Because longer-term bonds have a greater risk of facing inflation and a reduced value of payments, they’ll usually pay a higher interest rate than short-term bonds will. Many investors choose to opt for bonds that are between 1-10 years in length to avoid the issues that come with the reduction in value over time and the rising interest rates that cause the bond’s value to fall.

Older bonds will be less attractive as time goes on and typically fall behind when compared to new bonds. Newer bonds on the market will seem more worthwhile compared to older ones as interest rates rise.

It’s important to consider the term length of a bond carefully and to weigh out the risks when making an investment decision.

5. Bonds Can Be Resold

It’s also important to realize that bonds can be resold before they mature. You can sell them at any time. However, it’s important to understand that you may or may not lose money when doing so.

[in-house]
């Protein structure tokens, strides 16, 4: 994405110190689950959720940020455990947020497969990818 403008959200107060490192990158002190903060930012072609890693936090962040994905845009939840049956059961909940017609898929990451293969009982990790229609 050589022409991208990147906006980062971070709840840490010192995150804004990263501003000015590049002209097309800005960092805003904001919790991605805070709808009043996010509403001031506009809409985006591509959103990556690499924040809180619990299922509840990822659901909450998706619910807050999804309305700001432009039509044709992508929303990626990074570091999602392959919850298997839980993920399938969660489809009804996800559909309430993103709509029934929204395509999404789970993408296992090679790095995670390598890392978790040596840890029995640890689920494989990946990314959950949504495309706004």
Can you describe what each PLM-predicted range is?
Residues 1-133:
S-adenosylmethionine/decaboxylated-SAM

Selling a bond when interest rates are low could result in a nice profit while selling after interest rates have risen may lead to you losing money. It’s important to think about current interest rates and the rate of your bond when selling to make sure that it’s worth it.

6. Some Bonds Are Tax-Free

It’s important to realize that there are tax-free bonds available.

While the typical U.S. Treasury bonds are subject to federal income tax they’re usually free from state and local income taxes. However, if you’re looking for tax-free bonds, you’ll be better off with municipal bonds.